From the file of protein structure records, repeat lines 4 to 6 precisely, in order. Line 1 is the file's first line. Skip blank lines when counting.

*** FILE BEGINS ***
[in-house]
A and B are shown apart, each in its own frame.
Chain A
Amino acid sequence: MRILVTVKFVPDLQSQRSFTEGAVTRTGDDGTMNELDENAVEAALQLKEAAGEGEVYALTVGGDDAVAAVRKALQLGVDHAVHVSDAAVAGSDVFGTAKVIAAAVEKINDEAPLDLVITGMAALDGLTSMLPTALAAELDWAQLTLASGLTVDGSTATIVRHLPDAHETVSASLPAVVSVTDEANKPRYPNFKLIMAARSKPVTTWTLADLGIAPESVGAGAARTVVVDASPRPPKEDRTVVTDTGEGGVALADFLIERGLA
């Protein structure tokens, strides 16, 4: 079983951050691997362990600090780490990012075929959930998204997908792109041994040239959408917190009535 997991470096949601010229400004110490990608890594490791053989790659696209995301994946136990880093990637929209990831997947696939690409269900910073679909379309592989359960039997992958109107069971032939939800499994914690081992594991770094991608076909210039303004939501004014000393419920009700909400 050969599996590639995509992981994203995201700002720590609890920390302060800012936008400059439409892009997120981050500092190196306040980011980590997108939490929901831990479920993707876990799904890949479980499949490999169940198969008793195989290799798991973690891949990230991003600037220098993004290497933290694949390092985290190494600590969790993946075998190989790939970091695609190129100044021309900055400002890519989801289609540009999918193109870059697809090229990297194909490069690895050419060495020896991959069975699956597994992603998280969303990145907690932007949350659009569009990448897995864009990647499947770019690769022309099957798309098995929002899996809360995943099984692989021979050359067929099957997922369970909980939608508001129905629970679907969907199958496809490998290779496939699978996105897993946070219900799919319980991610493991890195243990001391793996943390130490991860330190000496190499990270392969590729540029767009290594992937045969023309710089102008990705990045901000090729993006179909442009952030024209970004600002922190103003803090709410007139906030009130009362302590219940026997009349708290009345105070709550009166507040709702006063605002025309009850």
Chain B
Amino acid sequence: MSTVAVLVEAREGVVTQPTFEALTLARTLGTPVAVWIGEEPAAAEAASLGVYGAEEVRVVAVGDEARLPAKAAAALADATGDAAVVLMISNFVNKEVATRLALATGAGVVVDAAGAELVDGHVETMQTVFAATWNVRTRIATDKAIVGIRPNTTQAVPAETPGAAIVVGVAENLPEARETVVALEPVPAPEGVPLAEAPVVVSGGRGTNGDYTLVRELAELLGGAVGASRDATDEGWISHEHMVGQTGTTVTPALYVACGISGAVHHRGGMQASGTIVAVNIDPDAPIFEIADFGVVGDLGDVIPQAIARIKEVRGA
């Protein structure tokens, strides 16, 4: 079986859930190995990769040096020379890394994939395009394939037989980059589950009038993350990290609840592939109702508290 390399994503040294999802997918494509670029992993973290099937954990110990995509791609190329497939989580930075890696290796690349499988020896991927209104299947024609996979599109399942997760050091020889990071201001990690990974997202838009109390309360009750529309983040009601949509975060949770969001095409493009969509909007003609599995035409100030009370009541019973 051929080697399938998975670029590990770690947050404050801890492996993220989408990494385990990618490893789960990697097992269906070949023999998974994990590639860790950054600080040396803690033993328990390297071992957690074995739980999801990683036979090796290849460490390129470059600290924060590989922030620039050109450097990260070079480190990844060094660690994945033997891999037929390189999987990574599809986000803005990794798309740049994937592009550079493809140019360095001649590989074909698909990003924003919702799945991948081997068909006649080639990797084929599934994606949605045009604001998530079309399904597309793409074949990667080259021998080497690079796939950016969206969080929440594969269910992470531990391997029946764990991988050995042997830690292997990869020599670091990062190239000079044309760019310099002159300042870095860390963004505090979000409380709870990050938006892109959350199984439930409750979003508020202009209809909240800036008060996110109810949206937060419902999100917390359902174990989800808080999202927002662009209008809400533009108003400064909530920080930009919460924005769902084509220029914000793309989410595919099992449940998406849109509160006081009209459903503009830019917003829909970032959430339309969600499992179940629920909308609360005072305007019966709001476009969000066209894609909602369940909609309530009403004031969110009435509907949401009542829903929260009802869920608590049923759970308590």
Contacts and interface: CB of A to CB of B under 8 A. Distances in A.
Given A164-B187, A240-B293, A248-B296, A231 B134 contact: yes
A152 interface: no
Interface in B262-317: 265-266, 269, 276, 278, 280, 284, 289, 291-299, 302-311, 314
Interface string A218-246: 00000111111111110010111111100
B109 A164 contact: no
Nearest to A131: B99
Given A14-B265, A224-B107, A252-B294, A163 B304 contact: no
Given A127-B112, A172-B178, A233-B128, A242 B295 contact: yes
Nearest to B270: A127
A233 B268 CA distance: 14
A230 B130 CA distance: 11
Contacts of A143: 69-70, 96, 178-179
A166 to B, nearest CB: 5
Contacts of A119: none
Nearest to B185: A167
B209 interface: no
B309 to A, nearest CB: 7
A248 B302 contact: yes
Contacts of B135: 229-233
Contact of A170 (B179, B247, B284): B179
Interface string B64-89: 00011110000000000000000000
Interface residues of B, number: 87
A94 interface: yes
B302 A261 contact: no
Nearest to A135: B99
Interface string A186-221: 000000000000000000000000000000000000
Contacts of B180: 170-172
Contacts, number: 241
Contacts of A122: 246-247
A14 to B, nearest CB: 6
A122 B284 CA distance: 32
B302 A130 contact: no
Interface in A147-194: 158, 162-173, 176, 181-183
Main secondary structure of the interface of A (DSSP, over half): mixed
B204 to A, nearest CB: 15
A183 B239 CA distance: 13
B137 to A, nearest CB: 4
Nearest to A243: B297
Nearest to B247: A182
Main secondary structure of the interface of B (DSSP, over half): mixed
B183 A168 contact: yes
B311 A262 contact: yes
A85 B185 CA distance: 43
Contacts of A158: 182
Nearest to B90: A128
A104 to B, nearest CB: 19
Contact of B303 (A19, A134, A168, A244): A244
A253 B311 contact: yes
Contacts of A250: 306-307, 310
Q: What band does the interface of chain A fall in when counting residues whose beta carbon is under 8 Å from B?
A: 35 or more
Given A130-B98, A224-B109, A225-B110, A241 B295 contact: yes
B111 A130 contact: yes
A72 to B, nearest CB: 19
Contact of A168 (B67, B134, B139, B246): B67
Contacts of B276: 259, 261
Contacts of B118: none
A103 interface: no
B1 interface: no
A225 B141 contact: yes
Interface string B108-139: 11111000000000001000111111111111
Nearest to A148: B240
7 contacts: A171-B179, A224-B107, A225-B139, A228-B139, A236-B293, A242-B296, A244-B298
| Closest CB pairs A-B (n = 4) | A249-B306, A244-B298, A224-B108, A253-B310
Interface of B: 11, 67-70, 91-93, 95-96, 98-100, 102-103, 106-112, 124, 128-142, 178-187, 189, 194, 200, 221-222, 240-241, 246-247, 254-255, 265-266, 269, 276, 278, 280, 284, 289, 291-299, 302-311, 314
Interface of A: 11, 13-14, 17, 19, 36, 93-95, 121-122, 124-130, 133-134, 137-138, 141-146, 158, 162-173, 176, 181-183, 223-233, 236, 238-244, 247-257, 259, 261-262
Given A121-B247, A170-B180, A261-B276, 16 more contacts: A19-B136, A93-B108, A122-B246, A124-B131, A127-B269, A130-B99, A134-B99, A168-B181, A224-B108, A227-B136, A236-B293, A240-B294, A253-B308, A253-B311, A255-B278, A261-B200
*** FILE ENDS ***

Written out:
Amino acid sequence: MRILVTVKFVPDLQSQRSFTEGAVTRTGDDGTMNELDENAVEAALQLKEAAGEGEVYALTVGGDDAVAAVRKALQLGVDHAVHVSDAAVAGSDVFGTAKVIAAAVEKINDEAPLDLVITGMAALDGLTSMLPTALAAELDWAQLTLASGLTVDGSTATIVRHLPDAHETVSASLPAVVSVTDEANKPRYPNFKLIMAARSKPVTTWTLADLGIAPESVGAGAARTVVVDASPRPPKEDRTVVTDTGEGGVALADFLIERGLA
């Protein structure tokens, strides 16, 4: 079983951050691997362990600090780490990012075929959930998204997908792109041994040239959408917190009535 997991470096949601010229400004110490990608890594490791053989790659696209995301994946136990880093990637929209990831997947696939690409269900910073679909379309592989359960039997992958109107069971032939939800499994914690081992594991770094991608076909210039303004939501004014000393419920009700909400 050969599996590639995509992981994203995201700002720590609890920390302060800012936008400059439409892009997120981050500092190196306040980011980590997108939490929901831990479920993707876990799904890949479980499949490999169940198969008793195989290799798991973690891949990230991003600037220098993004290497933290694949390092985290190494600590969790993946075998190989790939970091695609190129100044021309900055400002890519989801289609540009999918193109870059697809090229990297194909490069690895050419060495020896991959069975699956597994992603998280969303990145907690932007949350659009569009990448897995864009990647499947770019690769022309099957798309098995929002899996809360995943099984692989021979050359067929099957997922369970909980939608508001129905629970679907969907199958496809490998290779496939699978996105897993946070219900799919319980991610493991890195243990001391793996943390130490991860330190000496190499990270392969590729540029767009290594992937045969023309710089102008990705990045901000090729993006179909442009952030024209970004600002922190103003803090709410007139906030009130009362302590219940026997009349708290009345105070709550009166507040709702006063605002025309009850």
Chain B